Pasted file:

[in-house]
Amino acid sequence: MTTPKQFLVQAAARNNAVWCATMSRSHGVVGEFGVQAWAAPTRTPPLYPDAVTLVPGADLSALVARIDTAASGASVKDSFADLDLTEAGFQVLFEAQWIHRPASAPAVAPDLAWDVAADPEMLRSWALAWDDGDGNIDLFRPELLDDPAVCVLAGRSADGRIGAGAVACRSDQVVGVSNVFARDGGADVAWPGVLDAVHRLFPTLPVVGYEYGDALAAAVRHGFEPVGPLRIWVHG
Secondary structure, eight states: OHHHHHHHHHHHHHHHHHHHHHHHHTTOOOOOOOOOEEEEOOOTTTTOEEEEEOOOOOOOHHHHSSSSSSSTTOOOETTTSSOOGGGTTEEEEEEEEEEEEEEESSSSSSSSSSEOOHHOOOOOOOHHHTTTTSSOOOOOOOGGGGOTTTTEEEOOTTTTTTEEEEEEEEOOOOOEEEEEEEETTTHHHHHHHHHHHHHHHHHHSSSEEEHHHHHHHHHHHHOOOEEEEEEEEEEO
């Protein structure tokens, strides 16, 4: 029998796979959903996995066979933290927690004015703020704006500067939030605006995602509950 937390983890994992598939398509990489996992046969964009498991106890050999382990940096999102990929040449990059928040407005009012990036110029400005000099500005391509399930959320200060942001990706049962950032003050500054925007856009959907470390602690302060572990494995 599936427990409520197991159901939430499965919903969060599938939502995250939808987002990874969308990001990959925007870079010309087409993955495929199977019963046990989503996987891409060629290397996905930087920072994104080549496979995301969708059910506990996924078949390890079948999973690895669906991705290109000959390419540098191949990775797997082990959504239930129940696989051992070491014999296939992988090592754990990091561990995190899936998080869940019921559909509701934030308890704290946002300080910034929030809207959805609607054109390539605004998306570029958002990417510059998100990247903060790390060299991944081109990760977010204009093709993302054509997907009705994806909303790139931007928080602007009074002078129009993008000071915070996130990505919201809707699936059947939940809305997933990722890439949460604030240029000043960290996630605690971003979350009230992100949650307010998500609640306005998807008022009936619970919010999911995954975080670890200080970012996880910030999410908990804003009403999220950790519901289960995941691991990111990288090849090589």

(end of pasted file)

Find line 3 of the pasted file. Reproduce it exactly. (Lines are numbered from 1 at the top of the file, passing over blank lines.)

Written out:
Secondary structure, eight states: OHHHHHHHHHHHHHHHHHHHHHHHHTTOOOOOOOOOEEEEOOOTTTTOEEEEEOOOOOOOHHHHSSSSSSSTTOOOETTTSSOOGGGTTEEEEEEEEEEEEEEESSSSSSSSSSEOOHHOOOOOOOHHHTTTTSSOOOOOOOGGGGOTTTTEEEOOTTTTTTEEEEEEEEOOOOOEEEEEEEETTTHHHHHHHHHHHHHHHHHHSSSEEEHHHHHHHHHHHHOOOEEEEEEEEEEO